by Walter Fox

J. Shane Creamer, 84, of Chestnut Hill, a former state attorney general who was the first director of the Pennsylvania Crime Commission, died Sept. 1 of Parkinson’s disease at Keystone Hospice in Wyndmoor.

Mr. Creamer, who also had been first assistant U.S. attorney in Philadelphia, was a widely known lawyer who was held in high regard by his colleagues in the legal profession.

Walter M. Phillips Jr., a lawyer and former federal and city prosecutor, described Mr. Creamer as a “very good trial lawyer” who had “very good instincts in the courtroom.”

“His reputation was impeccable,” Phillips said. “And you could trust him implicitly.”

Mr. Creamer graduated from Lower Merion High School and Villanova University. He received his law degree from Temple University’s School of Law.

He served for two years in the Army’s Judge Advocate General Corps, then spent 11 years with the Justice Department, for most of that time as first assistant U.S. attorney in Philadelphia. In 1968 he became the inaugural director of the Pennsylvania Crime Commission.

Mr. Creamer was appointed state attorney general in 1971 by Gov. Milton J. Shapp, but resigned the following year after a public dispute with then State Police Commissioner Rocco Urella over an illegal wiretap allegedly set up by three state troopers in a King of Prussia motel room that monitored the phones of officers investigating corruption for the Pennsylvania Crime Commission.

He then entered private practice as a trial lawyer, working with several firms over the years and becoming a partner in more than one. He retired in 2005 from Dilworth Paxon LLP.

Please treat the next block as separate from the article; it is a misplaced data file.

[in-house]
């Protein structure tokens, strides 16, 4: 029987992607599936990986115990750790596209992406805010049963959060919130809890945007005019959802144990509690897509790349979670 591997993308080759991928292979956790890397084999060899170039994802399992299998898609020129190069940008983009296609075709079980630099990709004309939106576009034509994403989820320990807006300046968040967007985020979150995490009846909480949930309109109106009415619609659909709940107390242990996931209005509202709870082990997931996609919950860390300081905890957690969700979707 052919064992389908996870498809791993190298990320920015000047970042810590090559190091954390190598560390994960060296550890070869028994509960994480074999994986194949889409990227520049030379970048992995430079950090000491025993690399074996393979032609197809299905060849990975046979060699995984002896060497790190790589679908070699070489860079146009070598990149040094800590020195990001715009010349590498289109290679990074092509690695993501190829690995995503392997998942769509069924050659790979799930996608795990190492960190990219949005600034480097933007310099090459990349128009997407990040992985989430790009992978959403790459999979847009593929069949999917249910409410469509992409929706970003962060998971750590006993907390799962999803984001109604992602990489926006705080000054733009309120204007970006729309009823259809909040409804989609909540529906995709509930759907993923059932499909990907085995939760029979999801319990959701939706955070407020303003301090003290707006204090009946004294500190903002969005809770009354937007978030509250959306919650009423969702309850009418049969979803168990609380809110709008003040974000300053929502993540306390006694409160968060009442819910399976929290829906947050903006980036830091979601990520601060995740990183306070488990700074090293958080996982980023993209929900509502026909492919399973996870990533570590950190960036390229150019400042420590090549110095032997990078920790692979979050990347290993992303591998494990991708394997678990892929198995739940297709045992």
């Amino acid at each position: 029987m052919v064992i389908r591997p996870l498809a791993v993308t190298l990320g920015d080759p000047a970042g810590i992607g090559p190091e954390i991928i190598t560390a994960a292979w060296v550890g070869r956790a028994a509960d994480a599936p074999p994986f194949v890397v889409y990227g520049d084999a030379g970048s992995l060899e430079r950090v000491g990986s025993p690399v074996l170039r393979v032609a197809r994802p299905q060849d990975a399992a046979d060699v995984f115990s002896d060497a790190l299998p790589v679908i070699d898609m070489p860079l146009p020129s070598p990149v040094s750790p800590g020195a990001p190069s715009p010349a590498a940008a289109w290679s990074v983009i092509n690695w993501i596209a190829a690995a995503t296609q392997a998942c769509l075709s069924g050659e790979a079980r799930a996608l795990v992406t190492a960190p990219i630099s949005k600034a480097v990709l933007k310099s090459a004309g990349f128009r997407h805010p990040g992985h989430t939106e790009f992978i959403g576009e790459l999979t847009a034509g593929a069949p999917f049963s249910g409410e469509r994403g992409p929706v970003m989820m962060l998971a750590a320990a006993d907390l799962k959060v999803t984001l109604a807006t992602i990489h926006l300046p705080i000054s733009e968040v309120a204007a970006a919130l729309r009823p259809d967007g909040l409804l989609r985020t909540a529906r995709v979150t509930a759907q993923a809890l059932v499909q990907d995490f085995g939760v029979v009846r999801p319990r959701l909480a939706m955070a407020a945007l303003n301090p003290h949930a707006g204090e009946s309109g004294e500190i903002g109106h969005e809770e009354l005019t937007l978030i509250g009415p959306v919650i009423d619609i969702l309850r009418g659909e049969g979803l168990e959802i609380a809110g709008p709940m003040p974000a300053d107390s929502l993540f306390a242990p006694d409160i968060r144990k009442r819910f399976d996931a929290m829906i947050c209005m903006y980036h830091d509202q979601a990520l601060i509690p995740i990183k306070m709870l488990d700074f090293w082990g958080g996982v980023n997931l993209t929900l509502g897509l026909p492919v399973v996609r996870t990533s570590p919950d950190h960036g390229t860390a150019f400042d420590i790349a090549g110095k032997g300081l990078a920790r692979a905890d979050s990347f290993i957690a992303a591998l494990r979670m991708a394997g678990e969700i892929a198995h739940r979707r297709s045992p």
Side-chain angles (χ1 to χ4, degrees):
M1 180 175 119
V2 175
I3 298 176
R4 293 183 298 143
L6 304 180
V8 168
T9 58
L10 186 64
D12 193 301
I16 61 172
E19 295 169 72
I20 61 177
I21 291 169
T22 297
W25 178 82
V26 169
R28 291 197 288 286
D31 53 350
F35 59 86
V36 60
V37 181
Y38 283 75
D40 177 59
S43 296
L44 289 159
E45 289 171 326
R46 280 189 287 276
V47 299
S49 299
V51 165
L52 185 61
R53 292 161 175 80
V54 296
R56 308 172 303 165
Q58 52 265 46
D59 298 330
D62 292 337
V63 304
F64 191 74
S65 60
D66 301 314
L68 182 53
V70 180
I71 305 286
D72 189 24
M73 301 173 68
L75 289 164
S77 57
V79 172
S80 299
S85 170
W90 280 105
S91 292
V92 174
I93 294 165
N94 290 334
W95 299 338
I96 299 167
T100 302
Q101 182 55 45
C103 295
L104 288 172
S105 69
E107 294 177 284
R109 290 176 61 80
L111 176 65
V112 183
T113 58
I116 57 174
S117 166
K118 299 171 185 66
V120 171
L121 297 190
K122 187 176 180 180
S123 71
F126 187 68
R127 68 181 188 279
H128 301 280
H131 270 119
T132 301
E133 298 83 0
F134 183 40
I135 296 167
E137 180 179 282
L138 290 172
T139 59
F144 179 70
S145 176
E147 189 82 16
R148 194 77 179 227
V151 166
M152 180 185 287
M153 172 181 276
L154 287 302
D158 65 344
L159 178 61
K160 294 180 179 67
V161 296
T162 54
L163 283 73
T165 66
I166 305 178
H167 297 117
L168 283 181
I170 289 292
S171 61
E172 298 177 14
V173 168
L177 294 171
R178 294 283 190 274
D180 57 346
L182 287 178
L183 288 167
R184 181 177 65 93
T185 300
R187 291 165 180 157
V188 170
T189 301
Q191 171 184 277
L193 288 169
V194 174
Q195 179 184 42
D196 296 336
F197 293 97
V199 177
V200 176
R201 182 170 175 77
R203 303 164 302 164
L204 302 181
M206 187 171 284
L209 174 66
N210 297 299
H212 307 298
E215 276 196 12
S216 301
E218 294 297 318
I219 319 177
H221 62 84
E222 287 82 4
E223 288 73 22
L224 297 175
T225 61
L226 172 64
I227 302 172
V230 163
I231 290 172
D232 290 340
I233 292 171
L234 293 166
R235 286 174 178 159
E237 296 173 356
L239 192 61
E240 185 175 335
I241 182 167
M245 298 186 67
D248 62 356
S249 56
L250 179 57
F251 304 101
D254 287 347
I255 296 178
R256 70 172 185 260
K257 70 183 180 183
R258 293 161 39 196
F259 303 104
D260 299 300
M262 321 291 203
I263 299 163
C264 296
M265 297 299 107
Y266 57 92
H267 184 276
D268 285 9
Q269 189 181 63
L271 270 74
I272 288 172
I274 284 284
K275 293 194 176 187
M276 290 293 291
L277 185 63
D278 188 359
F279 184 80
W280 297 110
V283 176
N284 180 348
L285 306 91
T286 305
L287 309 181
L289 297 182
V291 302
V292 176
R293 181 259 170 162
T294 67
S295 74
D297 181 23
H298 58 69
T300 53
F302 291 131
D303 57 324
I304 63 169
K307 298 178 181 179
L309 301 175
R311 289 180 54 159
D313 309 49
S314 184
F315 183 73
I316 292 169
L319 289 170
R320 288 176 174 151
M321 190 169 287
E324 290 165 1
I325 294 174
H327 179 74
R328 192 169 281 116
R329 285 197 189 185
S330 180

He was the author of two books, “Law of Arrest, Search and Seizure“ and “A Citizen’s Guide to Legal Rights.”

Mr. Creamer, who also taught at Villanova University Law School for five years, served in several volunteer positions. He was president of the Pennsylvania chapter of the American Association of Retired Persons, chairman of the board of the Philadelphia Prison System, chairman of the Cabrini College Board of Trustees, and a board member of Goodwill Industries and the Pennsylvania Prison Society.

When Mr. Creamer stepped down in 2008 as AARP state president, the late Sen. Arlen Specter described him in a Senate tribute as “an outstanding advocate in the fight to protect the interests of older Pennsylvanians and truly a great supporter for the elderly.”

“During his tenure,” Specter said, “AARP fought for Medicare Part D drug coverage and won approval of a new state law that ends discrimination against older workers receiving Social Security.”

He is survived by his wife of 56 years, the former Mary-Ellen Tolan; sons J. Shane Creamer Jr., Brendan McShane Creamer and Kevin J.T. Creamer; daughters Colette Kleitz and E. Stacy Creamer, and eight grandchildren.

A funeral Mass will be celebrated at 11 a.m. Saturday, Sept. 7, at St. Vincent de Paul Roman Catholic Church, 109 E. Price St., in Germantown. Relatives and friends may call at the church on Friday, Sept. 6, from 7 to 9 p.m. and on Saturday, Sept. 7, from 10 to 11 a.m.

Memorial donations may be made to Face to Face Germantown or Inn Dwelling, both at 109 E. Price St, Philadelphia, PA 19144.